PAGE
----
Aidan White, the director of the Ethical Journalism Network talks about the present state of Pakistani and global media and the way forward.

What are the basics of ethical journalism?

Ethical journalism is what media people are supposed to do — to produce information in the public interest. It’s like free expression, but in a framework of values.

Journalists are supposed to make sure what they report is set in a context of five key principles: Accuracy and respect for the truth; Independence from political and special interests; Impartiality by telling all sides of a story; Humanity and the need to do no harm; and Accountability by correcting errors and showing respect for the audience.

How can ethical journalism be sustained in an environment where attention spans are short, there are multiple sources of news and ratings determine news agendas?

Even before the internet and the information revolution, journalists were under sustained pressure. Politicians like to manipulate media and big business encourages journalists to support corporate interests.

But in today’s open information society it’s easier for journalism to be corrupted and for media to produce propaganda. This corruption becomes dangerous when media is used to foment hatred and violence.

In the digital era when there is more rumour, speculation and malicious lies, people struggle to know what is true and what is untrue and competition between media — often driven by ratings — also leads to the sacrifice of standards as media rush to publish information without checking facts.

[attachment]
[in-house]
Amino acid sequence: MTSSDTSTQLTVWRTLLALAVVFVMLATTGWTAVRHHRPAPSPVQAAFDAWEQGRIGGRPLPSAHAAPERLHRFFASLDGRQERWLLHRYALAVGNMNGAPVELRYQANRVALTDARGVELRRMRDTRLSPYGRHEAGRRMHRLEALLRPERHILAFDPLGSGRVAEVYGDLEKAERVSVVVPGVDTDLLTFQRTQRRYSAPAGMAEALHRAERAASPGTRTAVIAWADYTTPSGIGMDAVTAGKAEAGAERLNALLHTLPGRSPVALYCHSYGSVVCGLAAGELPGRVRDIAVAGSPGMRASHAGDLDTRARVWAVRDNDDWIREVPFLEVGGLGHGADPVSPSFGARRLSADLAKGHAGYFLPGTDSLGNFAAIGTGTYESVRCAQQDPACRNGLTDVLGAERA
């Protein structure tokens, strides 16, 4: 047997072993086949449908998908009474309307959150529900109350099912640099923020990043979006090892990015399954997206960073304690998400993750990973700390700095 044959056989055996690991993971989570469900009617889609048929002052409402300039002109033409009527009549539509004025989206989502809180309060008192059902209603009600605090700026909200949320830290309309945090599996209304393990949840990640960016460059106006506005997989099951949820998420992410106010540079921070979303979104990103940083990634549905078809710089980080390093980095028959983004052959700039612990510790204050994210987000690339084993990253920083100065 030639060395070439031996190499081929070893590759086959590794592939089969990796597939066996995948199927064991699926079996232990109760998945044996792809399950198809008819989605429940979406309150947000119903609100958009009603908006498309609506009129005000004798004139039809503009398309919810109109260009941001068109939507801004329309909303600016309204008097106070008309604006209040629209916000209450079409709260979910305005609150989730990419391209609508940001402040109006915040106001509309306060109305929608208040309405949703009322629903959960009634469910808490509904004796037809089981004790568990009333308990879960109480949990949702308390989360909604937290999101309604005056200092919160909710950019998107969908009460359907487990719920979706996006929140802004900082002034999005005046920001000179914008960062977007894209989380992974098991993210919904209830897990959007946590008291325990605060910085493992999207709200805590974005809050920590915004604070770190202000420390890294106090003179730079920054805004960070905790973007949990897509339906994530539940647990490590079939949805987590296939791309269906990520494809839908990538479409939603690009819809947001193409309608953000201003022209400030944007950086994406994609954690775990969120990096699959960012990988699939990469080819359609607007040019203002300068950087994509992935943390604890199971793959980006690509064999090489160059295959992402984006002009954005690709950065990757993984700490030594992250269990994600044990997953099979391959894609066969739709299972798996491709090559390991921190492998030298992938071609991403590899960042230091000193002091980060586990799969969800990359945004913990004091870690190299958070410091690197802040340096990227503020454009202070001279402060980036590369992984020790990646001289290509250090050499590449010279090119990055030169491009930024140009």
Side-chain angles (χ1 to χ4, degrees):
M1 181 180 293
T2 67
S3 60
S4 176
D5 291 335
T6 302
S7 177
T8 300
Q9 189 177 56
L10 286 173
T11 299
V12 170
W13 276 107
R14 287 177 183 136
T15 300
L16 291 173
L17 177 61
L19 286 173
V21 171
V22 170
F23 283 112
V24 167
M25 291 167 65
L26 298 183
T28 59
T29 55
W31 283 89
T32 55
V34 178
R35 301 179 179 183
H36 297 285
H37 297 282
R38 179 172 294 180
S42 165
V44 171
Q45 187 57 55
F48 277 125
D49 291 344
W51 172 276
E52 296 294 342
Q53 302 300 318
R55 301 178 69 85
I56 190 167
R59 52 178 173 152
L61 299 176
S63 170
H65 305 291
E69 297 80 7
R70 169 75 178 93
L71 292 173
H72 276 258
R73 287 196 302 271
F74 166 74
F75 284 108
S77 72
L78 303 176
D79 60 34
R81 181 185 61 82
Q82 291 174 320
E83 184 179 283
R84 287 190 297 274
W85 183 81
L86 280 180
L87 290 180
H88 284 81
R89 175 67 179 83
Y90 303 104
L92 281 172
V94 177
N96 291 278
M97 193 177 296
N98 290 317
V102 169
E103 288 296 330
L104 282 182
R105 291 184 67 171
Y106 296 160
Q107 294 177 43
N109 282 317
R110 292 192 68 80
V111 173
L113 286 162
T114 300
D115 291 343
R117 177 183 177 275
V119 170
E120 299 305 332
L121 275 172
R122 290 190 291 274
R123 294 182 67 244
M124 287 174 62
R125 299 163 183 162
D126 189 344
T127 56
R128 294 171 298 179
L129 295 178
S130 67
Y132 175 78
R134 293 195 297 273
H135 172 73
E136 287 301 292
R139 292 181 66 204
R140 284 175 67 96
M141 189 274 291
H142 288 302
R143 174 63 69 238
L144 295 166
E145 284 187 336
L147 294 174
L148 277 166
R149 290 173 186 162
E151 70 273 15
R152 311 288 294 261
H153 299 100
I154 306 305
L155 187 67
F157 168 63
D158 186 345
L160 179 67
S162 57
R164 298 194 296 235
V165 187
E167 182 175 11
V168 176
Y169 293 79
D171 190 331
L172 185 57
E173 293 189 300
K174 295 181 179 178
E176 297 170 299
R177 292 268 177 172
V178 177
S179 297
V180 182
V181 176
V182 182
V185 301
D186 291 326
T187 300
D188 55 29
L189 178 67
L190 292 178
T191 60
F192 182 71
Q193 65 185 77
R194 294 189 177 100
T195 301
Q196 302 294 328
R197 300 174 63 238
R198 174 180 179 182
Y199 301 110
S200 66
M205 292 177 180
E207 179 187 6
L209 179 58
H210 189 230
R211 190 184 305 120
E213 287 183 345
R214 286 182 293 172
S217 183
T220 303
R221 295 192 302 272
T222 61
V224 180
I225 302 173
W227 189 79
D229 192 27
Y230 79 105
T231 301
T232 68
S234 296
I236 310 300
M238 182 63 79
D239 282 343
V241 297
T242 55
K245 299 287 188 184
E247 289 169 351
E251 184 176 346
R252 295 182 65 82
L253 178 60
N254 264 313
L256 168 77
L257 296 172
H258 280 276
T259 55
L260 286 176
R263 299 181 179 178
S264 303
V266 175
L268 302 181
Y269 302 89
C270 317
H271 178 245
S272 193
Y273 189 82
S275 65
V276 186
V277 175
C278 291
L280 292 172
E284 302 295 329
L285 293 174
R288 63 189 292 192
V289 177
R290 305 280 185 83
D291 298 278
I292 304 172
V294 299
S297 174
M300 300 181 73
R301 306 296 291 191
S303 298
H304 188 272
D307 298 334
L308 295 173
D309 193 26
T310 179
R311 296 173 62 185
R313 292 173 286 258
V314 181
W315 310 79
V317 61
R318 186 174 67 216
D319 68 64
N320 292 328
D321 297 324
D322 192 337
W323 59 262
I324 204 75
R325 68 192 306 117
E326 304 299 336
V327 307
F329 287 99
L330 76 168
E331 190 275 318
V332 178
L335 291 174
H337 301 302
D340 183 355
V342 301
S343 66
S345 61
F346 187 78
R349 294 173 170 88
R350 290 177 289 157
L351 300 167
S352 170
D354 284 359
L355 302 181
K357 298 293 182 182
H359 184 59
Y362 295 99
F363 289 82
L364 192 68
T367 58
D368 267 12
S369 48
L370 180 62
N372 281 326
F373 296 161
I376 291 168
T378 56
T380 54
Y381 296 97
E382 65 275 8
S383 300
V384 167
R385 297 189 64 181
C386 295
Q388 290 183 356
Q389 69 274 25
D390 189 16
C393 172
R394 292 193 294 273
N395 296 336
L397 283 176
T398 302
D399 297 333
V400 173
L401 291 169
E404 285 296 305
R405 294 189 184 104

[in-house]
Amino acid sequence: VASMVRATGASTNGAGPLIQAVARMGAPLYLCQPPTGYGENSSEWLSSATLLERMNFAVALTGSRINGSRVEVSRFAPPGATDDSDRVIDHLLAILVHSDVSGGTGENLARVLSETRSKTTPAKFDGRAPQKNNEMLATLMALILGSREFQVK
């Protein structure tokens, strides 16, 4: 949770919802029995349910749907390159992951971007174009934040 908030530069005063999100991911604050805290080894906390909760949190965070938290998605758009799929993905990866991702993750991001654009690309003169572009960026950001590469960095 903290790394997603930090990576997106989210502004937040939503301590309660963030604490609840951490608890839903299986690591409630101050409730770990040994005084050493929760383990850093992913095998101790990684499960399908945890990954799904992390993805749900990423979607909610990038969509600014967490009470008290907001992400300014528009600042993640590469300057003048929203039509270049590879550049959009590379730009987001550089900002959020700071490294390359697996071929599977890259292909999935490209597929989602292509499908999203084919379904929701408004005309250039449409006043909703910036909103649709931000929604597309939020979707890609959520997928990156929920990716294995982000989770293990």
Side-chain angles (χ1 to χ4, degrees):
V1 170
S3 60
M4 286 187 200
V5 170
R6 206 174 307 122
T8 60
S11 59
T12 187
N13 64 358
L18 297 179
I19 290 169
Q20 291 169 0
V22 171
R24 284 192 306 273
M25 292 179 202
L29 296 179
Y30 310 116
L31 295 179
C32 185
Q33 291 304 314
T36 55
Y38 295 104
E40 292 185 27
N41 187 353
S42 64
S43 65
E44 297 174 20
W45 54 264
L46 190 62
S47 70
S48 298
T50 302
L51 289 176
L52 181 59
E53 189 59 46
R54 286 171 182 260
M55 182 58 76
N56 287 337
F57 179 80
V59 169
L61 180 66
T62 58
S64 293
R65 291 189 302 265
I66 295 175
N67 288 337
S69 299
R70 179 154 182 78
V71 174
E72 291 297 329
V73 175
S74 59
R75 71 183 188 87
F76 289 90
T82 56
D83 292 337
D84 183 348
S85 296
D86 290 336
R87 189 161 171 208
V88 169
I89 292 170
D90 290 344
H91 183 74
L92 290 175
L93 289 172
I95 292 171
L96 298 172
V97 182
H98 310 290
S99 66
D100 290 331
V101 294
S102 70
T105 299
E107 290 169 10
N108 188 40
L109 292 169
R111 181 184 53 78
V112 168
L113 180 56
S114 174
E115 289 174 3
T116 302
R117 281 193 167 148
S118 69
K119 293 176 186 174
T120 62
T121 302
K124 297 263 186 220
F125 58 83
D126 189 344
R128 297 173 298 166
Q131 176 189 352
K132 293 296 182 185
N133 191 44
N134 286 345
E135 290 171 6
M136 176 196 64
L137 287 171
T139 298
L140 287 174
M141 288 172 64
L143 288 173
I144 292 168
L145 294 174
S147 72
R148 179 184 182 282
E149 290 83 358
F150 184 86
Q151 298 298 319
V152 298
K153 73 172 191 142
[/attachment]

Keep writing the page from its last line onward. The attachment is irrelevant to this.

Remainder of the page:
All of this can lead to misunderstanding, ignorance and hatred. The only way media and journalism can combat these threats is to reinforce the ethical base of our work. We need to ensure we report in context. We need to take more time to check our facts. We need to correct our mistakes quickly.

What are some of the more subtle ways in which Western news media influences and manipulates public opinion?

The dangers facing journalism today are felt everywhere. Even in countries which regard themselves as democratic with a functioning free press.

Last year the Ethical Journalism Network analysed how the malicious lies of a religious extremist were reported by some of the world’s best media — the Associated Press, The Guardian, the BBC, The Wall Street Journal, for instance — and they led to violence and killings around the world.

The media made the situation worse because they failed to check the facts of the story and as a result spread vicious lies which encouraged other extremists to promote yet more violence.

The fact is that in today’s world even the best media succumb to political spin, commercial self-interest or extremist lies when they fail to follow the ethics that ensure their stories tell the truth.

The influence of political power is greater than ever and whether the story is about migration, religion or culture, we must make sure we don’t fall victim to simple prejudice and bias.

How can consumers of news ensure they are getting a balanced picture rather than internalising media biases?

Today there are more opportunities for media to work in partnership with the audience. Readers and viewers closely watch what we do; they provide us with more information and pictures; they disseminate and distribute our stories.